We are excited to see the community’s space mission proposals!

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The submission deadline for the Space Mission Activation Process (SMAP) is on January 6th, at 11pm (PST). We are expecting an eclectic batch of space mission proposals, and have gathered up quite a team of experts to evaluate them. If you’d like to participate as an expert, there is still time for you to join the Evaluation Committee: just send us an email to smap[at]spacedecentral.net with your resume or LinkedIn and we will get back to you.

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Space Decentral uses GitHub as our collaborative project platform, and SMAP proposals will be submitted through the Space Decentral Missions repository. The process should be pretty straightforward to those of you familiar with Github, but for those who aren’t used to it, here is a helpful step-by-step video of the submission process. …


“A single step cannot get you to your destination, and a single person can not change the world. But, a single step begins the journey, and a single person leads the way.” — Mikkel Haaheim

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Through Space Decentral, citizens from around the globe will be able to propose, vote on and participate in the R&D of space projects, making space exploration a feat of humanity rather than that of one or two government agencies. The Space Mission Activation Process (SMAP) is our trial run for this grand vision. We are inviting space enthusiasts like you and me to propose ideas for space missions, and with the help of the community, we will choose the first few projects to develop and launch.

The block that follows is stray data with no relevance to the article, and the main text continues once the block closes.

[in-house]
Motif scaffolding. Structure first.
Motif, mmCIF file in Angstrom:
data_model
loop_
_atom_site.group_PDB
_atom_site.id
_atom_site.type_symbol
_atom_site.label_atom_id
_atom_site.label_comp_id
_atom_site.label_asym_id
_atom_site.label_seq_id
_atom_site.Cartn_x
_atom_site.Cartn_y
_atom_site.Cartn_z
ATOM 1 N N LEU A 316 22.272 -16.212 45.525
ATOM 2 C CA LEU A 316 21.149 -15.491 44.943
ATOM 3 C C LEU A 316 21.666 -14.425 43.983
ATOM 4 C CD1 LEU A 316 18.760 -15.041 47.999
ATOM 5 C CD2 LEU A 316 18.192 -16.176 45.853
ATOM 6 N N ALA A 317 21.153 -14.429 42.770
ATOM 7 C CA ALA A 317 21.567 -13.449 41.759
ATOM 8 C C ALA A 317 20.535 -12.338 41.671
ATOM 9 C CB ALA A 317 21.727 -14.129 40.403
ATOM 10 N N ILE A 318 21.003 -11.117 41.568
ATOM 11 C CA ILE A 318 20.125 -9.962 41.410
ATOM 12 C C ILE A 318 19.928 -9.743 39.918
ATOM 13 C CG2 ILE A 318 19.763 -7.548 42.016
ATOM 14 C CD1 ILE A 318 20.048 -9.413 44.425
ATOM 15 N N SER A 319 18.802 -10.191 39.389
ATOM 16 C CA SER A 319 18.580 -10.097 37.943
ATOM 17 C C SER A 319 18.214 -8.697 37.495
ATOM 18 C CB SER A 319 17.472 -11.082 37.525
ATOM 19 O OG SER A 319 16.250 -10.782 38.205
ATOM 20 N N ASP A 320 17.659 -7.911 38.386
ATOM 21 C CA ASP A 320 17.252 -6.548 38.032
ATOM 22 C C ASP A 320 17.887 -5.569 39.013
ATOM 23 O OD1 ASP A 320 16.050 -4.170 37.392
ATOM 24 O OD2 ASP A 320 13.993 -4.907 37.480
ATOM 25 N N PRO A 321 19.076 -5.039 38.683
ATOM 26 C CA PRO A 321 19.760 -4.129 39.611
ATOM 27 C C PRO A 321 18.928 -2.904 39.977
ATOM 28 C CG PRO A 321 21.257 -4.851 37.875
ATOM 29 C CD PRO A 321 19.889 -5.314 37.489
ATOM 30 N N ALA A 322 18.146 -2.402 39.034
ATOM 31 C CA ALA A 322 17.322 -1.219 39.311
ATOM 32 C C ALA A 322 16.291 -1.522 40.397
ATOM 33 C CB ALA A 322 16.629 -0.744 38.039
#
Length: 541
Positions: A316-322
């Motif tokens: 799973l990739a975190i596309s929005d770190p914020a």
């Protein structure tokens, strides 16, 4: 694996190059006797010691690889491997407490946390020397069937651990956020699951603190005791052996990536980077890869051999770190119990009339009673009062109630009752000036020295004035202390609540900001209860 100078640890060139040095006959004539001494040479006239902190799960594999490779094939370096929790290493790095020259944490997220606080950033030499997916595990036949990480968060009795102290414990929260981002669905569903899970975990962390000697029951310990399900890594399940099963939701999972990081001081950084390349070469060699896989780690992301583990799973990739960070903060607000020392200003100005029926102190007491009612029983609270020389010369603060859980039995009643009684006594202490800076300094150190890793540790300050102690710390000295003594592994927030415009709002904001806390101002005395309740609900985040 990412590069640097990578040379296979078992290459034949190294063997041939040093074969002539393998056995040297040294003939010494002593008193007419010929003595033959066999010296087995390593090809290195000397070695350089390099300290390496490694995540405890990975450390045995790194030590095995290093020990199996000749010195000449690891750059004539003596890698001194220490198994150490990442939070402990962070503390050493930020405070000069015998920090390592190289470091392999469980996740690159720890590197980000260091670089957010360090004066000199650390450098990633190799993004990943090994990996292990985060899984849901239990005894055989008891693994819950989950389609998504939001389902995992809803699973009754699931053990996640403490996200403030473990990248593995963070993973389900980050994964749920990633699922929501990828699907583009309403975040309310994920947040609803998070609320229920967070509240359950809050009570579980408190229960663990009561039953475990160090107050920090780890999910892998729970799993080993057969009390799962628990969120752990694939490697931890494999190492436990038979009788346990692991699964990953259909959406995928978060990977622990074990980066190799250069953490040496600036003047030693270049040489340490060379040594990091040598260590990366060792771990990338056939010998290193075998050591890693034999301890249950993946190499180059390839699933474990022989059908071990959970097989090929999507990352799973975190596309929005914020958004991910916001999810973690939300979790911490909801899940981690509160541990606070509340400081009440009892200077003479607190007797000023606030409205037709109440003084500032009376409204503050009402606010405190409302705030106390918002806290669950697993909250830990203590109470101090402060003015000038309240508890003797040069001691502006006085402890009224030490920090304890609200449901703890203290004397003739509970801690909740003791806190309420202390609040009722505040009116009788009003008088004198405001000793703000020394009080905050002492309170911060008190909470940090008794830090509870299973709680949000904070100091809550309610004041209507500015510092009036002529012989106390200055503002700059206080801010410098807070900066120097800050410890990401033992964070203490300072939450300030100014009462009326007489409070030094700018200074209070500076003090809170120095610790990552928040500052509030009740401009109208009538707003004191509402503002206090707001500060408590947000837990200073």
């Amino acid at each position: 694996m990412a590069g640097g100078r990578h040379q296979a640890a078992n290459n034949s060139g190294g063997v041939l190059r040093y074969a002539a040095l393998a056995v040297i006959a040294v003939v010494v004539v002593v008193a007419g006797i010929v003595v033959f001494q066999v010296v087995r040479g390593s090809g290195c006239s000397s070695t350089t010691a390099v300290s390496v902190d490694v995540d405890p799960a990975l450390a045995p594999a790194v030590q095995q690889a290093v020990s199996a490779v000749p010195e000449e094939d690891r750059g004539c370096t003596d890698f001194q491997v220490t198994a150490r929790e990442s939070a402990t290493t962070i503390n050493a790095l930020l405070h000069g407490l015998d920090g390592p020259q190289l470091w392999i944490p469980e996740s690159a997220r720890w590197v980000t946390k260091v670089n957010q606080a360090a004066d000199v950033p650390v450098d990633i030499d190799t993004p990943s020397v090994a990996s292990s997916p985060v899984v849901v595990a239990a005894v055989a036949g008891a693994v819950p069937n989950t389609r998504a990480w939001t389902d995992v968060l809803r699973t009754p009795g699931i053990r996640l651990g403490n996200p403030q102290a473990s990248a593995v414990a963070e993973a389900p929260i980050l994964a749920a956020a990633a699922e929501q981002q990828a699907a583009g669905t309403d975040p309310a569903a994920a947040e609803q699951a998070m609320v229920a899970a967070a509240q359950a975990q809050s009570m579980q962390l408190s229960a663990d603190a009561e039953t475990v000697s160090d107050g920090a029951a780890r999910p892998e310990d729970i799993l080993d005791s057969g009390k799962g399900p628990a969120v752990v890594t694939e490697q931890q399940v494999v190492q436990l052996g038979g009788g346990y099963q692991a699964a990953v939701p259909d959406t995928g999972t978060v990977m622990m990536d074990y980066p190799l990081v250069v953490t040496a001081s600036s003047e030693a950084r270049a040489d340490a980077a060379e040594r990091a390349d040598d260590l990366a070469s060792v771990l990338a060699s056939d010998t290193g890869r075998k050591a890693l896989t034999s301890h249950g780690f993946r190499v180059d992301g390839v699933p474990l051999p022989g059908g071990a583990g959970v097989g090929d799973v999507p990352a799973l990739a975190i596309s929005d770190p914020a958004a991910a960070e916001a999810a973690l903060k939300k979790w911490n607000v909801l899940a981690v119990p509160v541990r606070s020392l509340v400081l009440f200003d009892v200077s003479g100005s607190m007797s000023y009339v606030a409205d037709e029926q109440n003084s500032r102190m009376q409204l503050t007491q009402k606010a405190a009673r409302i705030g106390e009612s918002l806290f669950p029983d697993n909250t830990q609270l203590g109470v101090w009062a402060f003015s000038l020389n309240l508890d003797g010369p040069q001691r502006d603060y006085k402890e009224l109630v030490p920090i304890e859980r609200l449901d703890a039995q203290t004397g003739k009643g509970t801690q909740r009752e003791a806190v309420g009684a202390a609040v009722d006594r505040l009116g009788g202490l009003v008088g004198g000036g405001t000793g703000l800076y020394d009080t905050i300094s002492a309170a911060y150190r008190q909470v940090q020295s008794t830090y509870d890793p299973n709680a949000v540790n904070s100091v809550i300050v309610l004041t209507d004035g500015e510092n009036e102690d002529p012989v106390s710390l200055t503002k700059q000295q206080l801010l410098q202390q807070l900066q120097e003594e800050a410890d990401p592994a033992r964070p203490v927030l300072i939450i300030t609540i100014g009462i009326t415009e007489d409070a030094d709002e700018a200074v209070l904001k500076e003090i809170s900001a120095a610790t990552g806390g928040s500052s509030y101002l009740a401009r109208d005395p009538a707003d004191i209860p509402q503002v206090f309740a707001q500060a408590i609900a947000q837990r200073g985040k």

Today I would like to introduce one of our SMAP participants, Mikkel Haaheim. Mikkel, a regular on the Space Decentral Forum, our Facebook and Riot chat, has been actively participating in the discussions from the very beginning. With an unconventional story, Mikkel has proposed no less than three ideas for the SMAP 2019, all equally interesting and challenging. …


Having reached the four-month mark, Space Decentral’s Coral has taught us a lot about crowdsourcing space missions

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Initial Steps

The early days of Coral had 20–25 people who were happy to spend their Monday nights (or Tuesday mornings, depending on where they are located) discussing how and what to 3D print on the Moon. Pretty early we established a few baselines that would guide us throughout the process: 1) Coral shall use a commercial lander, 2) the payload shall stay stationary on the lunar surface, 3) the initial mission shall be ready for launch within 5 years, 4) the payload shall be between 5–10kg, and 5) the cost shall not go over $10mi. …

About

Suzi Bianco

I’m a space architect, excited for what’s to come!

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